A hacker is a person who uses computer programming to overcome a problem or challenge within a computer system. While the term hacker often carries a negative connotation, not all hacking involves criminal or malicious activity. 

What kinds of hackers are there?

Some of the kinds of hackers include:

  • Black hat hackers: Hackers are often most associated with black hat hackers, or cyber criminals who exploit weaknesses to illegally intrude into computer systems for money, revenge, or just for fun.
  • White hat hackers: These hackers can use their skills to fix problems in a computer system or to help companies strengthen their IT systems by identifying potential weak spots in the security infrastructure.
  • Gray hat hackers: While gray hat hackers have good intentions, they may not use lawful or ethical methods during the hacking process.

The term hacker can have a negative connotation, as it is often associated with black hat hackers, or cyber criminals who illegally intrude into computer systems for money, revenge, or just for fun. 

While a black hat hacker exploits any potential weaknesses in the system to gain unethical or unlawful entry into the system, a white hat hacker can use similar skills with the intention of fixing a problem. White hat hackers also help companies strengthen their IT security systems by identifying potential weak spots in the security infrastructure. 

Another category of hackers includes gray hat hackers, who hack with positive intentions but not might use lawful or ethical means for the hacking process. 

What is an ethical hacker?

Ethical hackers perform legitimate services for organizations and IT companies to assess the security risks of a network or system. A certified ethical hacker is a skilled individual who uses the same knowledge and tools as a malicious hacker, but who does so in a lawful and legitimate manner. Ethical hackers will often pursue Certified Ethical Hacker status as part of their professional development.

Learn more about what’s involved in CEH certification and begin your studies with Tech Republic’s Certified Ethical Hacker study course.

How does a hacker operate?

Hackers are equipped with different types of skills and tools that are used to hack into the system. The most common tools used by hackers are downloadable scripts or files that can be disguised in emails or websites.

As users click on these files, the attachment is launched on the computer or network, and the hacker gets access to the computer. There are several more sophisticated methods of hacking such as brute force attack, Trojan horse, DoS (denial-of-service) attack, and more.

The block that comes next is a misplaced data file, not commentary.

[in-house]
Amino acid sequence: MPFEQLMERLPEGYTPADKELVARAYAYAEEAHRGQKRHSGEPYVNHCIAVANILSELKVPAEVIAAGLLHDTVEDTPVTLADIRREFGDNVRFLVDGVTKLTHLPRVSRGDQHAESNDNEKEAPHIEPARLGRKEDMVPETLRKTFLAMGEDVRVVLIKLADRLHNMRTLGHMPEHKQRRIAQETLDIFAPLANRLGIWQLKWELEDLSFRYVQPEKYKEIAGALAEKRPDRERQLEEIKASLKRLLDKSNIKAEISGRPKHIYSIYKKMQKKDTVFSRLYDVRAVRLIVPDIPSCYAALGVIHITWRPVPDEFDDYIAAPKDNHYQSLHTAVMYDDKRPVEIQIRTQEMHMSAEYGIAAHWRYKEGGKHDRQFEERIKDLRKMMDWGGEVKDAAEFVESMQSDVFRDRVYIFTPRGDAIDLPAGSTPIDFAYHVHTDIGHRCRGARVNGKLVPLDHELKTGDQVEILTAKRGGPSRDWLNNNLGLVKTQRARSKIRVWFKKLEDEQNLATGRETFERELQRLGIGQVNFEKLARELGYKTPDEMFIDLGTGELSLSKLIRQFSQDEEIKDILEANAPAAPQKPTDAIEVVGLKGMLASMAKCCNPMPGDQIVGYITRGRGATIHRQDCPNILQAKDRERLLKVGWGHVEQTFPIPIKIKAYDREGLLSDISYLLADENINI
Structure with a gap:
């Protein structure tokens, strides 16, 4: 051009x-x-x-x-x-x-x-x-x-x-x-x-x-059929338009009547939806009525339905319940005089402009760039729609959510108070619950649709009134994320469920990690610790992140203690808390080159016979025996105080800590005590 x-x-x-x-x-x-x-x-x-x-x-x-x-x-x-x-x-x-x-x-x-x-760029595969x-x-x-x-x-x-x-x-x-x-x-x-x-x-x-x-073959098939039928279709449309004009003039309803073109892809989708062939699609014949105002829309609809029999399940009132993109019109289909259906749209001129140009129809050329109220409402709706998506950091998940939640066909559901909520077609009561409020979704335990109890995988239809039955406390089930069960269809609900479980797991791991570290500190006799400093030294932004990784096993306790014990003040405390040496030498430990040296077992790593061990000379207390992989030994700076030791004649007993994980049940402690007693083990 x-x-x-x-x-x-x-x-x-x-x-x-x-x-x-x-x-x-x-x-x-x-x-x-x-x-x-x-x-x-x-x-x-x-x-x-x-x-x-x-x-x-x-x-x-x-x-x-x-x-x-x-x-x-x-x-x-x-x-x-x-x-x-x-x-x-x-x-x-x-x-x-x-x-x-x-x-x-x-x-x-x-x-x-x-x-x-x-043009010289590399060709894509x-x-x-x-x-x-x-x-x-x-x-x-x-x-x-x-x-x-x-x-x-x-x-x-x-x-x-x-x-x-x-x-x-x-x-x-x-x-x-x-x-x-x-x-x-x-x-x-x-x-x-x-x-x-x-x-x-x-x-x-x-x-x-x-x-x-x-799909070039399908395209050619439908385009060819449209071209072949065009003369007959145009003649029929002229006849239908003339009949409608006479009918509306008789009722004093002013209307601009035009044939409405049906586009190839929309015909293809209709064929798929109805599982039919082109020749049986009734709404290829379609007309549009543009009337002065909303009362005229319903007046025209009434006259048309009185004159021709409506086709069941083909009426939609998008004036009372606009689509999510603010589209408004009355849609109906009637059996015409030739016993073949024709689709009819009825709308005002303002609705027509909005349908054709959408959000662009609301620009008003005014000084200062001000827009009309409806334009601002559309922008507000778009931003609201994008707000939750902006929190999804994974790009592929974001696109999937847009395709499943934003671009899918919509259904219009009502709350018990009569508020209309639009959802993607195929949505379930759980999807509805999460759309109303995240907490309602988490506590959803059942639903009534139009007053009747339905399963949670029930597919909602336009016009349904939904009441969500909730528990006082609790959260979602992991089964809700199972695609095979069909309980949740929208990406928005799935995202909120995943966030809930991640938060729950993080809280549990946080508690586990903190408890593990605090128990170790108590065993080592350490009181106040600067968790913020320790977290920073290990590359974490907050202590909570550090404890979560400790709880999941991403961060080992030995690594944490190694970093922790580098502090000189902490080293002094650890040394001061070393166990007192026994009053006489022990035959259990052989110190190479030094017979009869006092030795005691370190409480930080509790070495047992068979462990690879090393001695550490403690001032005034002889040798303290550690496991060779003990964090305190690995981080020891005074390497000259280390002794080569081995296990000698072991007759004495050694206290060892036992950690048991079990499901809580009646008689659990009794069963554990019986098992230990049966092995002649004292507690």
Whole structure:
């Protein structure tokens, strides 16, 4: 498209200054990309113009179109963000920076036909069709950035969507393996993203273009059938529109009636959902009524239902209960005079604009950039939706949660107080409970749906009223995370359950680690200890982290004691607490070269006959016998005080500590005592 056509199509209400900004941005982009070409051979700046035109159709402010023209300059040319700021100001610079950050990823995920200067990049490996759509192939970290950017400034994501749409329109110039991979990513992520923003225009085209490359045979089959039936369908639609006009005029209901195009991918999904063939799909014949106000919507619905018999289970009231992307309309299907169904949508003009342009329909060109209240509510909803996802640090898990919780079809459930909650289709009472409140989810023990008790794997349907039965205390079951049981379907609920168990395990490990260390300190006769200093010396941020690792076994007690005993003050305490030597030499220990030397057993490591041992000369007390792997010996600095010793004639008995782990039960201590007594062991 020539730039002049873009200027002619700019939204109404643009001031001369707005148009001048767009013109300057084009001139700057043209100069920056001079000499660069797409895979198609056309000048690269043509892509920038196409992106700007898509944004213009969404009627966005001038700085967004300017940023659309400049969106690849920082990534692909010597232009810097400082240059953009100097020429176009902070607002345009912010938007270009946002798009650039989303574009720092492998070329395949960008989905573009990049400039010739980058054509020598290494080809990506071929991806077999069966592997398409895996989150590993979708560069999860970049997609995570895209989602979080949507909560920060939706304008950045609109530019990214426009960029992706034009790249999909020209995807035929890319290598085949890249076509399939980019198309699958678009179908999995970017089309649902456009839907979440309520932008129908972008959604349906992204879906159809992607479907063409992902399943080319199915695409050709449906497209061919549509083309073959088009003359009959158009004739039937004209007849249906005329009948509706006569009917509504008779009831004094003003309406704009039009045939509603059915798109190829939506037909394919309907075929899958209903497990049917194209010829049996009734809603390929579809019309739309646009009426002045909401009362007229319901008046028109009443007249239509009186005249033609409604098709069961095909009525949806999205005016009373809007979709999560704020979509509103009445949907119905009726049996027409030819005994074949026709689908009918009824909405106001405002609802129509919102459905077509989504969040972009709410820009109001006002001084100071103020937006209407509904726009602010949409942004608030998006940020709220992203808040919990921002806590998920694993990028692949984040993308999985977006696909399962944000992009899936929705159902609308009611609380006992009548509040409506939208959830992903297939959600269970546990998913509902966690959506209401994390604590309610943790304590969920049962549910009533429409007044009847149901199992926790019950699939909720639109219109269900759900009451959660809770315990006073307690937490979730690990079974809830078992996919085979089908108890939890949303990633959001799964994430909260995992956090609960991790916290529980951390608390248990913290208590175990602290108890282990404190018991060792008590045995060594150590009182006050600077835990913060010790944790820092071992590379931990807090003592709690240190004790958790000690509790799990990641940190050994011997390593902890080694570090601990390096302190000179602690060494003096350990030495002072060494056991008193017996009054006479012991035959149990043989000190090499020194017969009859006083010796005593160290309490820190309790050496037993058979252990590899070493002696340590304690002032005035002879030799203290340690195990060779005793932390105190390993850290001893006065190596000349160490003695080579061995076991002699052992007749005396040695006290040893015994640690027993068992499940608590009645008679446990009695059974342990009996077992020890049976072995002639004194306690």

How can businesses protect themselves from a black hat hacker?

As hackers continue to find new ways to intrude into computer systems, businesses have to remain vigilant to identify and stop hackers from gaining access or control of their IT network. Businesses should limit employee access to valuable company data, as human error is a common pathway used by hackers. Companies should also install surge protectors and power supplies for uninterruptible power to their IT infrastructure.

If the budget allows, companies should have a dedicated IT security team responsible for managing the security of the system. Lastly, the business should install anti-hacking software on their computer network to minimize the chances of any hacker gaining entry into their system.  

Keep an eye on the top 40 cybersecurity startups.

Top anti-hacking software

There are different levels of anti-hacking software available on the market. There are some for personal users, small businesses, and large enterprises.

Some of the most popular anti-hacking software for business include Windows Defender, Microsoft Enhanced Mitigation Experience Toolkit, Malwarebytes Anti-Malware, McAfee Security Plus, and Norton Antivirus program.

Web Webster
Web Websterhttp://www.webopedia.com
Web Webster has more than 20 years of writing and editorial experience in the tech sector. He’s written and edited news, demand generation, user-focused, and thought leadership content for business software solutions, consumer tech, and healthcare, as well as Dotdash’s Lifewire.com. In addition to editing webopedia.com, he edits and writes for a portfolio of tech industry news and analysis websites including LinuxToday.com, and DatabaseJournal.com.

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